… (mais)
justgeekingby | 1 outra resenha | Jun 6, 2023 |
For my full review please visit my blog: https://geeking-by.net/review/star-wars-alphabet-squadron-by-alexander-freed/

I’m a big fan of the X-Wing novels from the Legends timeline so as soon as it was announced that a new starfighter series was in the works I was really excited. Nothing could replace those books, but as far as I’m concerned Star Wars isn’t Star Wars without its starfighter squadrons. Throw in Hera Syndulla who I fell in love within Star Wars Rebels and I’m sold!

Prior to reading this novel, I read the accompanying comic series, [b:Star Wars: TIE Fighter|44024202|Star Wars TIE Fighter|Jody Houser|https://i.gr-assets.com/images/S/compressed.photo.goodreads.com/books/1568792681l/44024202._SY75_.jpg|68452425] by Chuck Wendig) which had been extremely disappointing. I clung to the link to the TIE Fighter comic series and reminded myself that one novel didn’t necessarily mean that all the new canon novels were going to be disappointing. The new comics have been absolutely brilliant. And so, I went into this book with an open mind…

… and I was thoroughly disappointed.

Let me start with the blatant lie I mentioned in the synopsis and go from there.

In the aftermath, Yrica Quell is just one of thousands of defectors from her former cause living in a deserters’ shantytown–until she is selected to join Alphabet Squadron. Cobbled together from an eclectic assortment of pilots and starfighters, the five members of Alphabet are tasked by New Republic general Hera Syndulla herself.

As I mentioned I’m a big fan of Hera so the idea of a new squadron run by her sounded awesome. In hindsight the synopsis only makes it sound like she is running the show, so I’ll give them that; it’s careful wordplay. A small spoiler here so I'm going to pop this bit under a spoiler tag:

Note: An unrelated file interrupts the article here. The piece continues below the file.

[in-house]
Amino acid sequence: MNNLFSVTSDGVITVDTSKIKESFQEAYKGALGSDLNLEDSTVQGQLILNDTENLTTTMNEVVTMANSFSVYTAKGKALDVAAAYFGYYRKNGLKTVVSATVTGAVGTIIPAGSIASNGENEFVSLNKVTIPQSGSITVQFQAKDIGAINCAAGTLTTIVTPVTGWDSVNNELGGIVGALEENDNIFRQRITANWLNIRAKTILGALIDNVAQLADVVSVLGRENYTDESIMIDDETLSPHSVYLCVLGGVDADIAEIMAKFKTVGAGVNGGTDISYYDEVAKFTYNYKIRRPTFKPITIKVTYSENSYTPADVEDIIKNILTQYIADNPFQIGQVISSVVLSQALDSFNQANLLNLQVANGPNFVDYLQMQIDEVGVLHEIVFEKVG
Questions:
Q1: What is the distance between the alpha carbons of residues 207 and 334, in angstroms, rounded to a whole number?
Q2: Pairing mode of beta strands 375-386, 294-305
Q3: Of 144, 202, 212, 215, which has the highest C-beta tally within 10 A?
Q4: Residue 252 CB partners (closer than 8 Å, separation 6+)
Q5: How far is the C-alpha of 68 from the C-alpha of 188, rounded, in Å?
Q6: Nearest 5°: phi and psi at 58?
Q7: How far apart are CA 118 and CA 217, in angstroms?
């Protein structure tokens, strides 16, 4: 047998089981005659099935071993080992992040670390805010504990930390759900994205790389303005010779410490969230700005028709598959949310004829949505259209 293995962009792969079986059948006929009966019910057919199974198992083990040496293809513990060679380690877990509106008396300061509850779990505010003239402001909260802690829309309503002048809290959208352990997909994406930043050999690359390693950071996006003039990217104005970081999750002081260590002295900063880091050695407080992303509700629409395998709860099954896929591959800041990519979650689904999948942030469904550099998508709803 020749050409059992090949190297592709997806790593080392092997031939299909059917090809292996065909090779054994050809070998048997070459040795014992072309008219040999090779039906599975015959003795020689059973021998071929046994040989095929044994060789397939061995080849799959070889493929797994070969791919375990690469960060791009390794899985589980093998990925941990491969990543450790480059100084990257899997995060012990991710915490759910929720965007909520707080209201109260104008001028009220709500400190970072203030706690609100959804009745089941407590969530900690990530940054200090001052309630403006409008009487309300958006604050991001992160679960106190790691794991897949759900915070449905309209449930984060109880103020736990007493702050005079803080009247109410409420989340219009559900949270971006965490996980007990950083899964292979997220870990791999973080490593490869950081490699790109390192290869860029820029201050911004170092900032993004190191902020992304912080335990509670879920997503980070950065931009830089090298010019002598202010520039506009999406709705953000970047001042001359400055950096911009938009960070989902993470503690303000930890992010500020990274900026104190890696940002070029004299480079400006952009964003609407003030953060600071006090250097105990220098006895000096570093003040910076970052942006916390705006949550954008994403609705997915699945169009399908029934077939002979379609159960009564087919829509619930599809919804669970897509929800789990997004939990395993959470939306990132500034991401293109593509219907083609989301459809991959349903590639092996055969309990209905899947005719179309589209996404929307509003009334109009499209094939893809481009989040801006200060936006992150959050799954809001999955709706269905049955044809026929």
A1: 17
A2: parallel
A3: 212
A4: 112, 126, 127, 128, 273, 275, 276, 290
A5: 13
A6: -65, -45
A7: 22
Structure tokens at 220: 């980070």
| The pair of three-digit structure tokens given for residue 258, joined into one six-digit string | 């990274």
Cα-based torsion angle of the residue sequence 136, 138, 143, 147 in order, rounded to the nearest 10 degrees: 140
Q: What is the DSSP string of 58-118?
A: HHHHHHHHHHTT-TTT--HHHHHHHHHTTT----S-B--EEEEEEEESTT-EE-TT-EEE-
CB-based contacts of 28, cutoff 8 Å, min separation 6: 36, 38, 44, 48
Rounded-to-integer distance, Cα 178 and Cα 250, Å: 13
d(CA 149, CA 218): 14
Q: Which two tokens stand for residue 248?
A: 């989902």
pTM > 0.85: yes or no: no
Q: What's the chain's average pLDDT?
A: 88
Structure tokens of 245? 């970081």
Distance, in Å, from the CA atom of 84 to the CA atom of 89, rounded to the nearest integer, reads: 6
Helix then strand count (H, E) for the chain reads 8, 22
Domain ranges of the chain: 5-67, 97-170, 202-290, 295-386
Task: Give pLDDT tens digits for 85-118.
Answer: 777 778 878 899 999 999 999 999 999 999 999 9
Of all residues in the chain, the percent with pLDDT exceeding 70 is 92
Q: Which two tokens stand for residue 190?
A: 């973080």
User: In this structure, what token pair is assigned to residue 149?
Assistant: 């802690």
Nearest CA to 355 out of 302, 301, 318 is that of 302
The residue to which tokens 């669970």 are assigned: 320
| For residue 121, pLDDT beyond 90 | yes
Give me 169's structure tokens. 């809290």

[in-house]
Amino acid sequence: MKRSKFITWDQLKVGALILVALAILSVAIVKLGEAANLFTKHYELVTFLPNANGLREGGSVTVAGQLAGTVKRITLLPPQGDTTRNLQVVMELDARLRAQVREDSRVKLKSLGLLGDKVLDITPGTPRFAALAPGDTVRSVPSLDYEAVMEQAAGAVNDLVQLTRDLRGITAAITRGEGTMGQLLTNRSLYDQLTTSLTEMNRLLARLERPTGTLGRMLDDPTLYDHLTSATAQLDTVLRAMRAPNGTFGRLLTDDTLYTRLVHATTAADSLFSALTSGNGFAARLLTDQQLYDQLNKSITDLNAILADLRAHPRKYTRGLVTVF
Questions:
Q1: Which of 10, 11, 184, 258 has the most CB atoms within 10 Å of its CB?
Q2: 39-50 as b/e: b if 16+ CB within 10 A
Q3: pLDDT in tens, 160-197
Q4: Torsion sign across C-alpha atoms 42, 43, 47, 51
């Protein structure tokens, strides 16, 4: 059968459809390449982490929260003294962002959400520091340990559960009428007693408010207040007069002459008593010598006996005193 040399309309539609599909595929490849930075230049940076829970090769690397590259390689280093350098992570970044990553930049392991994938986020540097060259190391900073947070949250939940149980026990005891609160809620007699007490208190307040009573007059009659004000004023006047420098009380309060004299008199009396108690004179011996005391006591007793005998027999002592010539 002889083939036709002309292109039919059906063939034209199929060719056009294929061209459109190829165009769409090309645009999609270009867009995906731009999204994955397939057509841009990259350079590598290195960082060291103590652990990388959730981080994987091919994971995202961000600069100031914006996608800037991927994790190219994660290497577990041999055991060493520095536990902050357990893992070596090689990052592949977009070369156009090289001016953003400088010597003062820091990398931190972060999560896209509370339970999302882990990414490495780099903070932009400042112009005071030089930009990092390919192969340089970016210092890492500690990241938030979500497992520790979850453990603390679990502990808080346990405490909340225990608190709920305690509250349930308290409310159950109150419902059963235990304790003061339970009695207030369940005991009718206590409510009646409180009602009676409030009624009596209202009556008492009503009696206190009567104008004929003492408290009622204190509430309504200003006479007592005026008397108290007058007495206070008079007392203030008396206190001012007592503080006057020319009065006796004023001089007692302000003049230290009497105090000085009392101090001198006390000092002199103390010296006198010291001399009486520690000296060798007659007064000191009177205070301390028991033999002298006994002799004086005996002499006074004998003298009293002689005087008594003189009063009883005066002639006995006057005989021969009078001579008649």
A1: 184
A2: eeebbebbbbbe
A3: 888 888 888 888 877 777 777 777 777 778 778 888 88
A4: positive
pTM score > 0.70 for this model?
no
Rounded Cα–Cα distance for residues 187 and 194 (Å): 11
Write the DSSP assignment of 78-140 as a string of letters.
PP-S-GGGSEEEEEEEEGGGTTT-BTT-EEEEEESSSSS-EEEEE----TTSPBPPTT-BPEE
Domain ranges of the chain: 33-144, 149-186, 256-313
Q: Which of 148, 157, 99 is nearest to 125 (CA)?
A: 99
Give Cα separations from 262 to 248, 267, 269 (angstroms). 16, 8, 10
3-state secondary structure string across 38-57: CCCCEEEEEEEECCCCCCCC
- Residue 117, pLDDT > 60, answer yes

However, it’s still a lie because Hera isn’t the one who gives them the task in the first place. She is involved, and it’s fantastic to see her, but in a much smaller capacity than the synopsis makes out. It’s a name drop to draw in fans of Star Wars Rebels.

Other than Hera the book is made up of brand new characters and there are a lot of them. Too many, to be honest. There are four separate narratives happening at the same time; Alphabet Squadron, Shadowing Squadron, the Imperial commanders and group of New Republic Military. The last group seems quite random at the start, and as the novel progresses their identity becomes evident. What confused me was how much effort was put into their narratives. The role they play in the novel didn’t require the amount of characterisation and detail that the author chose to go into, and many scenes regarding those characters seemed to be fluff to just bulk out the novel. Even when I realised who these characters were I didn’t feel the need to know anywhere near as much detail about them as I now did.

In comparison, I knew almost nothing about the main characters, the actual Alphabet Squadron. Being cagey and mysterious about your characters is one thing, but there’s a problem when you’re giving the reader a full character history of minor characters they’ll never meet again. I felt absolutely no empathy or bond to any of the main characters, and that’s a big problem. The only interest I had in them by the end of the book was to unravel their mysteries and that will only go so far for me.

For a novel which is built around a space fighter squadron, there were not that many space battles, at least for Alphabet Squadron itself. Most of the space battles scenes didn’t involve them, and for most of the book, they were out of the cockpit. It felt more like a spy novel than a space pilot one. The series has potential, although this does depend on what happens in the next novel. The members of Alphabet Squadron have enough personality, quirks and history that could be the foundation for a really good series. The problem is all the other junk in between. There is so much political rubbish in this novel whereas all I really wanted was for them to get in their ships and do what star pilots do best. I really feel like the author completely misunderstood what he was getting himself into when he signed up to write a series called Alphabet Squadron. If you want to go write a military novel, fine, but don’t label it a starfighter novel and drop a name like Hera Syndulla just so people will pick it up!
… (mais)
justgeekingby | outras 7 resenhas | Jun 6, 2023 |